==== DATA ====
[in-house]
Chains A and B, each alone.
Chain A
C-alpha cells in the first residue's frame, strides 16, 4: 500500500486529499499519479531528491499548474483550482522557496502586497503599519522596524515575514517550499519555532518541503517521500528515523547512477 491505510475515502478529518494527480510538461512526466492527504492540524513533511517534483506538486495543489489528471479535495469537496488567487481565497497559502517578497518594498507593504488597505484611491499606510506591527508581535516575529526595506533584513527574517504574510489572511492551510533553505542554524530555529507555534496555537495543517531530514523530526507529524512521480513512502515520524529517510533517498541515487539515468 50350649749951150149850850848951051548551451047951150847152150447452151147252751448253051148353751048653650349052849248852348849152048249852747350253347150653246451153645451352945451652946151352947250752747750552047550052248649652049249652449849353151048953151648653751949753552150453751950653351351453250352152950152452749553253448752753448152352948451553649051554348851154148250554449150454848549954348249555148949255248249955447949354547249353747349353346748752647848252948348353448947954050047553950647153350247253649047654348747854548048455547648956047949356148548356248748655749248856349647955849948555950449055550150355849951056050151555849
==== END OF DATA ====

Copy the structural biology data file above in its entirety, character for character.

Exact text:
[in-house]
Chains A and B, each alone.
Chain A
C-alpha cells in the first residue's frame, strides 16, 4: 500500500486529499499519479531528491499548474483550482522557496502586497503599519522596524515575514517550499519555532518541503517521500528515523547512477 491505510475515502478529518494527480510538461512526466492527504492540524513533511517534483506538486495543489489528471479535495469537496488567487481565497497559502517578497518594498507593504488597505484611491499606510506591527508581535516575529526595506533584513527574517504574510489572511492551510533553505542554524530555529507555534496555537495543517531530514523530526507529524512521480513512502515520524529517510533517498541515487539515468 50350649749951150149850850848951051548551451047951150847152150447452151147252751448253051148353751048653650349052849248852348849152048249852747350253347150653246451153645451352945451652946151352947250752747750552047550052248649652049249652449849353151048953151648653751949753552150453751950653351351453250352152950152452749553253448752753448152352948451553649051554348851154148250554449150454848549954348249555148949255248249955447949354547249353747349353346748752647848252948348353448947954050047553950647153350247253649047654348747854548048455547648956047949356148548356248748655749248856349647955849948555950449055550150355849951056050151555849